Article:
Re-sentencing in Bakary J. Case

News | Vienna Review | December 2008 / January 2009

The four Viennese police officers convicted of abusing an asylum seeker now face renewed suspension following a decision in the Austrian Administrative Court on Oct. 27 stating that their sentences were too mild.

Following an incident dating back to April 2006, the four officers from the specialist WEGA unit were convicted of cruelty to a person in custody. They took the Gambian man, Bakary J., to a deserted warehouse and beat him, in what was described as "frustration" after an attempt to deport the African had gone wrong.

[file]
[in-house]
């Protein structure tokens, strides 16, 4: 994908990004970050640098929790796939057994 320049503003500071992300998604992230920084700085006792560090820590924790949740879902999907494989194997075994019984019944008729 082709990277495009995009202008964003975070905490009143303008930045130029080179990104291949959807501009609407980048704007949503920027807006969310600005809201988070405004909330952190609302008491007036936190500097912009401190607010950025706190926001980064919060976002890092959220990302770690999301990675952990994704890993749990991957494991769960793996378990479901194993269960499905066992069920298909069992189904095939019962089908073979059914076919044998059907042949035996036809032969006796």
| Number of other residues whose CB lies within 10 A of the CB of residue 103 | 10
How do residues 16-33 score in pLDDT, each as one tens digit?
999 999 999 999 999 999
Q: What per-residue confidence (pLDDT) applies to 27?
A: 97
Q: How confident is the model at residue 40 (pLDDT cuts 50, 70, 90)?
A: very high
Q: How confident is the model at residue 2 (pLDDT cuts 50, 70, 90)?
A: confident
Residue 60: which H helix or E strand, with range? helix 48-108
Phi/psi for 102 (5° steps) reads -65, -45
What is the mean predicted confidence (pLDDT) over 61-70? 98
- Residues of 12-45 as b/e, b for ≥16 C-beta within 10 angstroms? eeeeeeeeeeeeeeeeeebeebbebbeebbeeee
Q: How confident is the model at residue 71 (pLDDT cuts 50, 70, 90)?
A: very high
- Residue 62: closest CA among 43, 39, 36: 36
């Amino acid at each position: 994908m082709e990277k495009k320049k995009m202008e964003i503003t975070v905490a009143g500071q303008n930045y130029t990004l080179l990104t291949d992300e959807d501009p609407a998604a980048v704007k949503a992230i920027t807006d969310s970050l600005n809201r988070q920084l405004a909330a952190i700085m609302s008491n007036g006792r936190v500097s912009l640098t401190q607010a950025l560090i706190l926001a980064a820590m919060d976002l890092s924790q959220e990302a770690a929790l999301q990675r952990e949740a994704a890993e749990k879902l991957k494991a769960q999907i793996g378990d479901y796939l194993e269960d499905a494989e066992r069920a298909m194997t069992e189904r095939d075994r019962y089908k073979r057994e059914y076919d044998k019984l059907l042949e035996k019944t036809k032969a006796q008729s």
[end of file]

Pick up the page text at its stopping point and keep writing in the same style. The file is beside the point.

After the attack, Bakary J. was left suffering fractures to the jaw, cheekbone and eye socket. His wife says he still suffers continual headaches and pains in his back.

In the original trial in the Vienna Criminal Court in August 2006, the men were given six to eight month suspended sentences, although a disciplinary official had recommended they be dismissed from the force.

When the original suspension was lifted, they returned to duty and the fines were later repealed.

A spokesperson in the Interior Ministry said the ruling of the Administrative Court (Verwaltungsgerichtshofs) has effectively reopened the case and it will now be necessary to re-suspend the officers.

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